Traffic congestion in Karachi is common more around in commercial areas

Oct 25 - 31, 2004





Vehicles, the mechanical means of transport for goods and people, are important the world over for facilitating economic, commercial and social activities. However, we experience traffic jams or congestion if there is uncontrolled flow of more vehicles vis-a-vis limited capacity roads and allied physical infrastructure. Traffic jams result into waste of money, cause pollution, inconvenience to the people and slow down pace of business activities. Traffic congestion in Karachi is common more around in commercial areas, schools and colleges, courts, government offices and entertainment areas, due to different reasons. Congestion is exacerbated by double parking of vehicles, mostly cars, taxis and motorcycles, along road-sides. Footpaths, mostly encroached by the shop-owners or hawkers, oblige the pedestrians to walk on roads, at great risk to life.

Attitude of drivers, efforts of traffic police to facilitate traffic flow and the physical condition of roads play a big part in controlling traffic jams. The vehicles plying on Karachi roads include trucks, oil or water tankers, buses, cars, taxis, rickshaws, vans, minibuses, motorcycles, bicycles and so on. In addition, there are animal driven carts such as camel carts, donkey carts and horse buggies. The number of motor vehicles in the city is in hundreds of thousands and is fast increasing. The DIG Traffic Police has been quoted recently saying that some 65,000 vehicles were added in the city every year that led to traffic jams. Slow moving animal-driven carts and oil tankers are to be first restricted from most of the congested areas.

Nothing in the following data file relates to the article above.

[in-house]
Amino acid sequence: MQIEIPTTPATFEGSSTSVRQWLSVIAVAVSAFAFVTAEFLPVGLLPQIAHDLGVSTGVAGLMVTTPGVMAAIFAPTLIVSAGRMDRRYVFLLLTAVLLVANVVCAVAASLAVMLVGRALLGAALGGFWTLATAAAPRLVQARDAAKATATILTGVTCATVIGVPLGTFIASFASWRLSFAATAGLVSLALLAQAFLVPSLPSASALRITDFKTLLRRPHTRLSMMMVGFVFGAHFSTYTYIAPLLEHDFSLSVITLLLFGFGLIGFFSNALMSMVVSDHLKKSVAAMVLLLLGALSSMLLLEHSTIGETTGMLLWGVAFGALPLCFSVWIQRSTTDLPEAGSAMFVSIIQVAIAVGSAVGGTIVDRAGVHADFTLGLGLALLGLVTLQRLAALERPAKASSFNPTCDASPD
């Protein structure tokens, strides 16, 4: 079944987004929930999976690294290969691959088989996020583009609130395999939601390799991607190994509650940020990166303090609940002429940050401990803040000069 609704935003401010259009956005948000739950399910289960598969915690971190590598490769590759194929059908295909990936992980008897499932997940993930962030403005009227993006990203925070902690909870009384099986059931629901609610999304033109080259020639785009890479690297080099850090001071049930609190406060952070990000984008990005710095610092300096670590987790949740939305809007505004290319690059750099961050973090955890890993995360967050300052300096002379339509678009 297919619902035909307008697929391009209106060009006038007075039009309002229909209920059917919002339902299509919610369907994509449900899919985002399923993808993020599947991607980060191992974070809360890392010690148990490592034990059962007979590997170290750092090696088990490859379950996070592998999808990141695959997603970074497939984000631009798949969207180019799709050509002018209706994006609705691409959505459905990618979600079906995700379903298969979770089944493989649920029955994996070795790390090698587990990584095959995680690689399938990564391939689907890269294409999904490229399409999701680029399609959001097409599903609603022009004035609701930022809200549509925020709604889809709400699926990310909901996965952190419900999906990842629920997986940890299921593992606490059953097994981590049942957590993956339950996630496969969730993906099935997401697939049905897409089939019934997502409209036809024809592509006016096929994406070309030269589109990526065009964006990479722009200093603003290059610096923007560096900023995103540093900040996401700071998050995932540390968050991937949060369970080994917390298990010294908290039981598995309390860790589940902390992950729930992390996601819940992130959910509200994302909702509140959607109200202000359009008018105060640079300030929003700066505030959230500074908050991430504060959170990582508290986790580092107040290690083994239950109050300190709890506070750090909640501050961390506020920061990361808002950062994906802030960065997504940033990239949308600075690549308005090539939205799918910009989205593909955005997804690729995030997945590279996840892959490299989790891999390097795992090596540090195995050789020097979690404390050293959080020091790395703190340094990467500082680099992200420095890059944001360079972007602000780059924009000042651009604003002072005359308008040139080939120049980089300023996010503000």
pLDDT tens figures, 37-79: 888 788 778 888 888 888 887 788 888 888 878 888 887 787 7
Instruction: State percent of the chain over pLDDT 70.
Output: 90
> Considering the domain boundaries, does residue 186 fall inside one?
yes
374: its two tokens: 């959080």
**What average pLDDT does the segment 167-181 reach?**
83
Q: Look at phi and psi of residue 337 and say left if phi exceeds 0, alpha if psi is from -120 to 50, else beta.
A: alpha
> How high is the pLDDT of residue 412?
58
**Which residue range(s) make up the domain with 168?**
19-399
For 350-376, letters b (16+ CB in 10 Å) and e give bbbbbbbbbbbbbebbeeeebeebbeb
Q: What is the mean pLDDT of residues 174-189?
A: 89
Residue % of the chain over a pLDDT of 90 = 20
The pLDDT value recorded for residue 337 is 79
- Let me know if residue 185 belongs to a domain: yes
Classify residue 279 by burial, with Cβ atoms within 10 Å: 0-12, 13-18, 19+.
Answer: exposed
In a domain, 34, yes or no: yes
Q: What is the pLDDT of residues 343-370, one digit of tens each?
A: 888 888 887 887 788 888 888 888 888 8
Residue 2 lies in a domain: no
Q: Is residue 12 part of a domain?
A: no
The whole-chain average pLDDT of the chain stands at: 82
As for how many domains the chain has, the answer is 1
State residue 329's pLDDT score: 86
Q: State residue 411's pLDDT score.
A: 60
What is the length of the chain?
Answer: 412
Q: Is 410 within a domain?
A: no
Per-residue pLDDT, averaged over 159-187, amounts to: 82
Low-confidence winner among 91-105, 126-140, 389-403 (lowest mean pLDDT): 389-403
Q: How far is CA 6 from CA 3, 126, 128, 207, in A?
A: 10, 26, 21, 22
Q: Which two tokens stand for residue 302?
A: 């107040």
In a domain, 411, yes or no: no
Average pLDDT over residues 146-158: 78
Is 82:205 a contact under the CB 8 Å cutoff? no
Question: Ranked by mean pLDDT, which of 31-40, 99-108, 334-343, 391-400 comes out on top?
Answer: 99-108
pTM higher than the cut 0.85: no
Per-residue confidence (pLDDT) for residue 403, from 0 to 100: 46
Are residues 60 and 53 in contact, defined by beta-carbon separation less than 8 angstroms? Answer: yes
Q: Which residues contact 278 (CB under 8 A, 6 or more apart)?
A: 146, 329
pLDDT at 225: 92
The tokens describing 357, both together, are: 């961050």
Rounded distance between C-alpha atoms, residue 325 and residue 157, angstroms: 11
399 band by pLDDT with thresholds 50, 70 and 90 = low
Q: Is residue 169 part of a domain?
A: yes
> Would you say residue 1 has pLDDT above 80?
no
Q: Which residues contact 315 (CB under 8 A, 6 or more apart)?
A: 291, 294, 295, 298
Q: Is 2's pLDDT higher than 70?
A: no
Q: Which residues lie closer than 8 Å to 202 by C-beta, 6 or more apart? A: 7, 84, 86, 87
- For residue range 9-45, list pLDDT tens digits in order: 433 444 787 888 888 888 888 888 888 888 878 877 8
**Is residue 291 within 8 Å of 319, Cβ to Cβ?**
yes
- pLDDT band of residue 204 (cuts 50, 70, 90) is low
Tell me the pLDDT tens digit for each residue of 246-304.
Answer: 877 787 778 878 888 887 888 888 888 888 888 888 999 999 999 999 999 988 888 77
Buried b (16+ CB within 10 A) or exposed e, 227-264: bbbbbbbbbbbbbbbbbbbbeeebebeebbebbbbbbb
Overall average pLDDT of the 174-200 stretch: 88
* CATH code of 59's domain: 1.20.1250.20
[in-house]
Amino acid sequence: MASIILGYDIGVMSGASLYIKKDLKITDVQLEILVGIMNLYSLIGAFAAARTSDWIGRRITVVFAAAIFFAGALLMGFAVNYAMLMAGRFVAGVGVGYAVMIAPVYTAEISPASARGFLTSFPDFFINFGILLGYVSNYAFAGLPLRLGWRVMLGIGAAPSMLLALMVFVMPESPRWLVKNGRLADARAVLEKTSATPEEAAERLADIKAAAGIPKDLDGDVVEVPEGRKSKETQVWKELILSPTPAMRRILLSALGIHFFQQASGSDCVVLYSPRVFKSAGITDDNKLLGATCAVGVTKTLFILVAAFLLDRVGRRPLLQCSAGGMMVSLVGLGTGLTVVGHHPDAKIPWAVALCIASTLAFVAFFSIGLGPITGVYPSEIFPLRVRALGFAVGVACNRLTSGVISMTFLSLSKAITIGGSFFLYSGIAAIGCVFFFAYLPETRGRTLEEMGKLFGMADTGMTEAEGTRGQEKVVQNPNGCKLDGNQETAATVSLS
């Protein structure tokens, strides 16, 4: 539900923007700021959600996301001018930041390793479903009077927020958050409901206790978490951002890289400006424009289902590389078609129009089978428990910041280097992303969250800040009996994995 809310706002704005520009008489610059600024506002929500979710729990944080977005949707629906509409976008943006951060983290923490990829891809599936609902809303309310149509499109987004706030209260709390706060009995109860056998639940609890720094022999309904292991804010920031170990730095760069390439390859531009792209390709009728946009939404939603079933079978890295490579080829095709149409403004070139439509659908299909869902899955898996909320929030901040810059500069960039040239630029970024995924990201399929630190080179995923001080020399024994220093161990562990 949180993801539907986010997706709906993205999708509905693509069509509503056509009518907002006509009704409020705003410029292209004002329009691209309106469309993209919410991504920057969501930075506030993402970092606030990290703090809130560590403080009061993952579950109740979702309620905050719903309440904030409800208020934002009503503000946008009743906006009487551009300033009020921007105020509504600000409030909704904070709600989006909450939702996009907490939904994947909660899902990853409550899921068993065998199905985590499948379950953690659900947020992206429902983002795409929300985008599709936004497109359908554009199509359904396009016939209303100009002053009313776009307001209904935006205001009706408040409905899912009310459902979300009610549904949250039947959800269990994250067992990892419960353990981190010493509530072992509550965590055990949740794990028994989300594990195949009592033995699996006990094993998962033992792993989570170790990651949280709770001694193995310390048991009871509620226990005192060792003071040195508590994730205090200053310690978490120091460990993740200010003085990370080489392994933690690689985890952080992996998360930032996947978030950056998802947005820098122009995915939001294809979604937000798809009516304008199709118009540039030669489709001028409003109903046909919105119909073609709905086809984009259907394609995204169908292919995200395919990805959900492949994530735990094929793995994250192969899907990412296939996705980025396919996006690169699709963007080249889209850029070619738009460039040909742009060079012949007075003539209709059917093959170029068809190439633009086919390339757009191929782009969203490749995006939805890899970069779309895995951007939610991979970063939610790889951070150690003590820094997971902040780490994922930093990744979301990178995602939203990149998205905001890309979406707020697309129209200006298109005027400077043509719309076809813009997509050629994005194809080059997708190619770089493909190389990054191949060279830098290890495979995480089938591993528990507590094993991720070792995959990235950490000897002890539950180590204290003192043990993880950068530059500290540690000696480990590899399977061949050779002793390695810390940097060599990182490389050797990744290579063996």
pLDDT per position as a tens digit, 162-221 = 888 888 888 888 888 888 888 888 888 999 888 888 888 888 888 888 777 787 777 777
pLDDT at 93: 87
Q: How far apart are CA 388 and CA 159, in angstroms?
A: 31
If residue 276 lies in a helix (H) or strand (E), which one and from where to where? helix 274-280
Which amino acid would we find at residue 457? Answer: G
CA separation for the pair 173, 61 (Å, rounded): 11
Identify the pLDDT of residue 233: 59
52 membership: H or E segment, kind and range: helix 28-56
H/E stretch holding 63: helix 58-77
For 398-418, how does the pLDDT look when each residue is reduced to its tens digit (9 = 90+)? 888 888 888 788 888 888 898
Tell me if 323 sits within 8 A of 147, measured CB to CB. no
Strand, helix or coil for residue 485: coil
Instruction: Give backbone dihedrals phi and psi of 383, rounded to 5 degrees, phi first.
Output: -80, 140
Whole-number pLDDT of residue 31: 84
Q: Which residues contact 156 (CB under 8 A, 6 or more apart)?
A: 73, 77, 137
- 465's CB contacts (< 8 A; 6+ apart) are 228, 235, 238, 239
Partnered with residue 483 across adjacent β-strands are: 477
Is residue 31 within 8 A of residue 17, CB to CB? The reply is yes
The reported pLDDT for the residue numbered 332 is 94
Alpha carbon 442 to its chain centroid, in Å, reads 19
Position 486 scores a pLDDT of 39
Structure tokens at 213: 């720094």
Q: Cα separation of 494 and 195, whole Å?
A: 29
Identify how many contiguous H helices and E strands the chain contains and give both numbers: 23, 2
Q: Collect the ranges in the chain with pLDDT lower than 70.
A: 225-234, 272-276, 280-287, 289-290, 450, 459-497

The Sindh Minister for Labour, Transport, Industries and Commerce on 25th September 2004 reportedly urged the Transport Department to work on a comprehensive programme for introducing new transport culture. He emphasized on fitness of the vehicles, trainings of drivers and pedestrians, improvements in roads and routes and efficiency of traffic police. He directed the Transport Department to gear up the ongoing transport schemes and to prepare new schemes for reducing congestion.

"Traffic Jams Issue in Karachi" was the topic under discussion at the Jang Forum recently at Karachi. The City Nazim, the DIG Traffic Police, the President of Karachi Transport Ittehad and the Chairman of Urban Resource Centre were the main speakers. The In-Charge Jang Forum coordinated the discussion. Main factors identified for addressing traffic problems are: (i) Need for alternative routes to all important destinations; (ii) Effective coordination between different departments of City Government, the Traffic Police, and the Transporters; (iii) Education, training and sense of responsibility of drivers and transporters; (iv) Provision of a proper Drivers Training School, (v) Implementation of traffic rules in letter and spirit, (vi) Improvement in the emoluments package of traffic personnel, (vii) Implementation of Karachi Mass Transit Project, (viii) Planned commercialization of roads in future, (ix) Controlled movement of some 25,000 oil and other tankers, (x) Expeditious implementation of Lyari Express Way, (xi) Removing of encroachments especially on footpaths, and (xii) Shifting of oil refineries, metal markets, godowns, etc to outside the city. Action on these areas might be initiated now and completed within by 2006.



The government including the City Government has been taking measures, within their means, for improving traffic flow. A large number of roads and related infrastructure have been constructed/revamped and there are plans to build more flyovers, underpasses and important sections of key roads. Traffic management policy in any city aims at smooth flow of people and goods at reasonable cost, without traffic congestion and accident hazards. A good traffic system is the identity of a good nation and is considered an attraction for foreign investment and tourists.